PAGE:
As part of the conclusion to the Pan-African University of Water and Energy Sciences engagement, our Kenyan-based team met with some of the MSc Energy graduates at two significant renewable energy facilities in Kenya and Rwanda.

Ngong Hills Wind Farm, Nairobi, Kenya

One of the students, Lilies Kathumbi, accompanied AltGen to the impressive Ngong Hills Wind Farm in Kenya. This 25.5 MW farm is located 20km outside Nairobi and is currently the only operational wind power station in the country that is connected to Kenya’s national power grid. The facility is owned by KenGen, which is the largest power-producing utility in Kenya. The farm, which is currently made up of 850 KW turbines, has plans to expand by an additional 10 MW by erecting five 2 MW turbines in the coming months.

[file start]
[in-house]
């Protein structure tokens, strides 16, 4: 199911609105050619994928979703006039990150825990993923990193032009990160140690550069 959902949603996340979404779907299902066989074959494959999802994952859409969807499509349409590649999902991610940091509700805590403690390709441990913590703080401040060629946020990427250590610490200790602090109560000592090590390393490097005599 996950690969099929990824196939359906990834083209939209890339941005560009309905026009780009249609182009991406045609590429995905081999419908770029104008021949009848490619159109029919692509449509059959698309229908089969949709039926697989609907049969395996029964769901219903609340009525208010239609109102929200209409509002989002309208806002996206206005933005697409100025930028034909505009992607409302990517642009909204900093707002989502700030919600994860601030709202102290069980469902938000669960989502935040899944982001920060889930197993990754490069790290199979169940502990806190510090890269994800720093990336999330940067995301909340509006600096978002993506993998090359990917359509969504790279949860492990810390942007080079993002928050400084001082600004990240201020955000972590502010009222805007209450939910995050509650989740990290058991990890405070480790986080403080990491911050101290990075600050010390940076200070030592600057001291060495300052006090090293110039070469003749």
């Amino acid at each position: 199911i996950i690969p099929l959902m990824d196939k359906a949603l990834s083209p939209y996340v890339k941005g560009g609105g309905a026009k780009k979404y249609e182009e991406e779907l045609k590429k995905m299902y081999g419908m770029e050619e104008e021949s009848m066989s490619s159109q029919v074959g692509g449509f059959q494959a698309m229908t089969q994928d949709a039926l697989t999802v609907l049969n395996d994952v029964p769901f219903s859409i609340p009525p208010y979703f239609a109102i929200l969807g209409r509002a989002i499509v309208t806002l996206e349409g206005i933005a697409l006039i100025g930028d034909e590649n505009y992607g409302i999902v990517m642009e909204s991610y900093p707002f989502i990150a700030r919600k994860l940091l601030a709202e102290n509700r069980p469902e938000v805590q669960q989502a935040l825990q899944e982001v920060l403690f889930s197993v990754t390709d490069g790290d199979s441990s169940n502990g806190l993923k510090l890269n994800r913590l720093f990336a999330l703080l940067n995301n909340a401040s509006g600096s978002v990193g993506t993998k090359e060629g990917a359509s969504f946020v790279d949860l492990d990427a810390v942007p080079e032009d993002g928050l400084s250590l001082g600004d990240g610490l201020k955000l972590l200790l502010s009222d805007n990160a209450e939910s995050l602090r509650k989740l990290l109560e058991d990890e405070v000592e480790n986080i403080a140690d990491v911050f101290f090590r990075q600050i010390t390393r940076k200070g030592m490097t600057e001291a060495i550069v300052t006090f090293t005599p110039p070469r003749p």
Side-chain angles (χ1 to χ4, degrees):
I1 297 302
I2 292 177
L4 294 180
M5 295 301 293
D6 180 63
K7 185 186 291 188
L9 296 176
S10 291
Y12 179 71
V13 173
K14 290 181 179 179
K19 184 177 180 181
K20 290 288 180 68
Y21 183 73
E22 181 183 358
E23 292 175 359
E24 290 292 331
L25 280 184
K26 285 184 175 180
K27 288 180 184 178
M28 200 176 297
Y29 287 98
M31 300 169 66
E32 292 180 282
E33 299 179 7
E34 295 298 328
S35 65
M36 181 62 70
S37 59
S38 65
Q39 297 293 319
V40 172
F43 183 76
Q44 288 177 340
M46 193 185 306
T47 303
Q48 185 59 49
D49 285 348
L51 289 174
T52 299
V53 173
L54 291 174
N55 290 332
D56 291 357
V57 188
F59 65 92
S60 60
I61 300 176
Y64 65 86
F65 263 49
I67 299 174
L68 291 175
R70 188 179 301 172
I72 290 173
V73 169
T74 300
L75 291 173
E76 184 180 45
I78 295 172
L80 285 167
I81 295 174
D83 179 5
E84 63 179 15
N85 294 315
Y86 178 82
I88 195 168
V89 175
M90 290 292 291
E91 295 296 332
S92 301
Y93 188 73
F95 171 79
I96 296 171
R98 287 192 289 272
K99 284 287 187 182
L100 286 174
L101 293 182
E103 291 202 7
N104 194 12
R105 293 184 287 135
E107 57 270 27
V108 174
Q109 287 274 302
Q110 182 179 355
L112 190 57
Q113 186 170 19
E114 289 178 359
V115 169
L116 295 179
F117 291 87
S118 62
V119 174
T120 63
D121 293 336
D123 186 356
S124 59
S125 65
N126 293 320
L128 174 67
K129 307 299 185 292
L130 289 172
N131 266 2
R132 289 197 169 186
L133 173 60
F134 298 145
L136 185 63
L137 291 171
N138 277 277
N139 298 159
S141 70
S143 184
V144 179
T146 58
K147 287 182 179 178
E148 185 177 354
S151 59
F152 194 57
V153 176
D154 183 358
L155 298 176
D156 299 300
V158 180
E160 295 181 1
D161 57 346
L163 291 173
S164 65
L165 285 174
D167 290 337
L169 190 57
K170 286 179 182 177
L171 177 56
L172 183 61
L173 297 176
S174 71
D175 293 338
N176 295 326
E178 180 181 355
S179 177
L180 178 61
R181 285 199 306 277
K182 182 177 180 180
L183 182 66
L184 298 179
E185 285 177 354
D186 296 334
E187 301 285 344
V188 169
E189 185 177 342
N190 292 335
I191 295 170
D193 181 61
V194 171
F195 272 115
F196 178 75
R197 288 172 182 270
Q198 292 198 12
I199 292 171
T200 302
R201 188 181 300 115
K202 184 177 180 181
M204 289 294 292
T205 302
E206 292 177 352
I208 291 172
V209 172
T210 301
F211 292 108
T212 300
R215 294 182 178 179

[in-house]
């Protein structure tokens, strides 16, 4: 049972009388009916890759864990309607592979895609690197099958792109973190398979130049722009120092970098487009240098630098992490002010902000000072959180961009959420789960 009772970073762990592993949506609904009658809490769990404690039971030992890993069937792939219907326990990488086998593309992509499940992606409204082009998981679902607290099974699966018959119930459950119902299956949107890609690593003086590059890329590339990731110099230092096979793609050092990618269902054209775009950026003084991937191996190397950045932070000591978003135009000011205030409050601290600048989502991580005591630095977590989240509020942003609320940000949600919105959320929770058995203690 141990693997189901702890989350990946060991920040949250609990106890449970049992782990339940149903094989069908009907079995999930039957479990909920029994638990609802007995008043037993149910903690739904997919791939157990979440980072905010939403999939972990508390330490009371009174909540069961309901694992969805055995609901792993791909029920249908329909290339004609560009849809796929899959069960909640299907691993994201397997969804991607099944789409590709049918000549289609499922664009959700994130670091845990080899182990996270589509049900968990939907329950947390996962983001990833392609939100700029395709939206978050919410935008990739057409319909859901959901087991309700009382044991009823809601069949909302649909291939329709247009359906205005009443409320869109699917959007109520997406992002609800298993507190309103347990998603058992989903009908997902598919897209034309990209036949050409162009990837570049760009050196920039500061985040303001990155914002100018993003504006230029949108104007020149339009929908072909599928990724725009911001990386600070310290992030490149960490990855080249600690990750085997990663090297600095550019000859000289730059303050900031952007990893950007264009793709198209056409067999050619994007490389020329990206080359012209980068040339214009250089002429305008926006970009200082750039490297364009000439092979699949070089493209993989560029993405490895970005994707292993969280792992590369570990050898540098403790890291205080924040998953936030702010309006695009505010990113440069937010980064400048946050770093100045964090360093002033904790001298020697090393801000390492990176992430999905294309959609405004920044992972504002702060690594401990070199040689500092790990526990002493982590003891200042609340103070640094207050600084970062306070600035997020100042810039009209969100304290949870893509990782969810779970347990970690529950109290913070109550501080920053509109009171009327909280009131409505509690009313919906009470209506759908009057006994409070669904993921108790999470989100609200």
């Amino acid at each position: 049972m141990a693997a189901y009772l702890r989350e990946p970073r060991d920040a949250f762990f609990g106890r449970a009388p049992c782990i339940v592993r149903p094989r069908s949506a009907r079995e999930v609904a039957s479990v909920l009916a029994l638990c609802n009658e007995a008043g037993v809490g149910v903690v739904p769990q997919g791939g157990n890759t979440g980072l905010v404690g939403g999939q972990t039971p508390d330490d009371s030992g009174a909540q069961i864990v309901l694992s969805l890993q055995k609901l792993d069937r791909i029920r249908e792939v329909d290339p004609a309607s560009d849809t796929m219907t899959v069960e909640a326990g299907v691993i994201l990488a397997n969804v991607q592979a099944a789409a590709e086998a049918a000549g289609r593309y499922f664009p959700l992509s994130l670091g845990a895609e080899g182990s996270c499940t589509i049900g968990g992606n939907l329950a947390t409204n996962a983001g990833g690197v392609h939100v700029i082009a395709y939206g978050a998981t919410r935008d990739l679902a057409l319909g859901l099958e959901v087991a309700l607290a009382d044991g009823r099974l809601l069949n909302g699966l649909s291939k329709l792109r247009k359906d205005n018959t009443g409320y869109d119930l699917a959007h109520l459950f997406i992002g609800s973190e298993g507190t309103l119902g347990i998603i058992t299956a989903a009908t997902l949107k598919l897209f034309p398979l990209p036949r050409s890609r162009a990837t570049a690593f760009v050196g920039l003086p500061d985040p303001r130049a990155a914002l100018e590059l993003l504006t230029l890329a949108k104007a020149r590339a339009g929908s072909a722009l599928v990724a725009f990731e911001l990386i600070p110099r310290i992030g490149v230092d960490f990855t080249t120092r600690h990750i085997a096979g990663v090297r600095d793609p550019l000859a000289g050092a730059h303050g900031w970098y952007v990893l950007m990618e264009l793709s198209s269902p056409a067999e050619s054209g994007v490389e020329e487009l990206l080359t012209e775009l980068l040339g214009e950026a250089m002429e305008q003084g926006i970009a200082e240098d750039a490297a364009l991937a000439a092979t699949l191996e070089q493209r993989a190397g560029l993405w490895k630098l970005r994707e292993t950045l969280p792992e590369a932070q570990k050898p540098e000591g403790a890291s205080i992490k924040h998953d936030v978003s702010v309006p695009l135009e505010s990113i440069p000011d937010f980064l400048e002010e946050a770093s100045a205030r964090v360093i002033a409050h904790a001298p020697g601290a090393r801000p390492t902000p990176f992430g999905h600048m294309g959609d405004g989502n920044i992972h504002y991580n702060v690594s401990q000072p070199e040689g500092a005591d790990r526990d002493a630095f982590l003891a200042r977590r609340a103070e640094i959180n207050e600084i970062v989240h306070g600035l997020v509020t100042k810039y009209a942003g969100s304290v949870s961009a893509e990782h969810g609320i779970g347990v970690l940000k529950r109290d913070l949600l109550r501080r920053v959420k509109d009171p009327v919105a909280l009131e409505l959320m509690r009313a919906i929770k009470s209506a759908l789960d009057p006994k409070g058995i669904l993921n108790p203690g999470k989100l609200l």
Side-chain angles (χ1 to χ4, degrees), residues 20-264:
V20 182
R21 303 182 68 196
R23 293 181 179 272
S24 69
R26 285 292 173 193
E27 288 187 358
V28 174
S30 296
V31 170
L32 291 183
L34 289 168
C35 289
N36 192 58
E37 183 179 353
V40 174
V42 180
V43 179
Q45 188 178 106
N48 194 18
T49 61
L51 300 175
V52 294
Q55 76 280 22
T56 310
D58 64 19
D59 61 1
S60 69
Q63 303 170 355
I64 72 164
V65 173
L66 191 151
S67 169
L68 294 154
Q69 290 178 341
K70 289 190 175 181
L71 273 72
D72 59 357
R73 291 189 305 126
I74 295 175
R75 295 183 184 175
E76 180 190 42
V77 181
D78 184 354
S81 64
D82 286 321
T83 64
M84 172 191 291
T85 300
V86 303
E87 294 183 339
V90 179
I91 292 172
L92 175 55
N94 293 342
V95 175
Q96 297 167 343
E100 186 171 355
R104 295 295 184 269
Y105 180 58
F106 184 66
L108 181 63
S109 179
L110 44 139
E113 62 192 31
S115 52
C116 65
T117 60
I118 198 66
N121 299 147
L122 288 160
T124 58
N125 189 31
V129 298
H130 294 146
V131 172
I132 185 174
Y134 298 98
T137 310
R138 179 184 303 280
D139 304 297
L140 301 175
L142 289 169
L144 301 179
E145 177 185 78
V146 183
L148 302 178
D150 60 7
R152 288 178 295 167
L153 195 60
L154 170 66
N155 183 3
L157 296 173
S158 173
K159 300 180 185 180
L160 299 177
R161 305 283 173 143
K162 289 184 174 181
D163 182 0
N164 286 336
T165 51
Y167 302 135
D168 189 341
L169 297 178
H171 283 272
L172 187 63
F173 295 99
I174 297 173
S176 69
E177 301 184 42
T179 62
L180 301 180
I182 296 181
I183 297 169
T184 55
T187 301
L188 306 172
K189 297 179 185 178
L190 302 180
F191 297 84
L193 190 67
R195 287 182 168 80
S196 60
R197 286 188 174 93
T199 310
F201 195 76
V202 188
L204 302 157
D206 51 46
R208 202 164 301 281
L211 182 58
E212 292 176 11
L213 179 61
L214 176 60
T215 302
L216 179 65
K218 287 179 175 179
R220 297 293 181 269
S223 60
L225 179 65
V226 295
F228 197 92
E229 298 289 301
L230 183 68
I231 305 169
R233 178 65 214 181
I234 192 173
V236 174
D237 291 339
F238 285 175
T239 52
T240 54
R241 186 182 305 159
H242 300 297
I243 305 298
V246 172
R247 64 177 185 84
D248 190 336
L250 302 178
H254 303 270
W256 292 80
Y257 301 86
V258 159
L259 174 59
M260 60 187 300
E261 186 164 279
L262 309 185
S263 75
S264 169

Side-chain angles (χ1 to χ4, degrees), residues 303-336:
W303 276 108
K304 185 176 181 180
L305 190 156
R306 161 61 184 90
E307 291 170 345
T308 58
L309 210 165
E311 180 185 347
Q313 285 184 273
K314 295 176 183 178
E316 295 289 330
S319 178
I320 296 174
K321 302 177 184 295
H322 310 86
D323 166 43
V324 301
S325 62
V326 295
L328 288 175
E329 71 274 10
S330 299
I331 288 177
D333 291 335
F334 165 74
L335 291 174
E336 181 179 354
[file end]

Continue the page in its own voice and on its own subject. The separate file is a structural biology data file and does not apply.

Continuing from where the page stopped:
It was a wonderful opportunity for Lilies to visit the beautiful Ngong Hills Wind Farm with the AltGen team and she was fortunate enough to be able to meet Kennedy Kamoni, David Magut, and David Waini to discuss their roles and activities as technicians. (see picture below).

Rwanda’s Africa-Shaped Solar Plant

Clementine Ushizimpumu and Devotha Nshimiyimana had the chance to visit Rwanda’s eye-catching 8.5 MW solar power facility. With a lush green field stacked with 28,360 panels, Rwanda’s Africa-shaped solar farm has a significant role to play as one of the first major solar facilities in East Africa. The site visit, which was facilitated by Scatec Solar, was a visual illustration of the benefits that this project has bestowed on the country, both economically and politically. The plant, which was constructed in 2014 in just 6 months, has brought power to over 15000 homes and private households are not the only ones benefiting from the project. The farm is situated on a leased land from Agahozo Shalom Youth Village, just 60km from Rwanda’s capital, Kigali.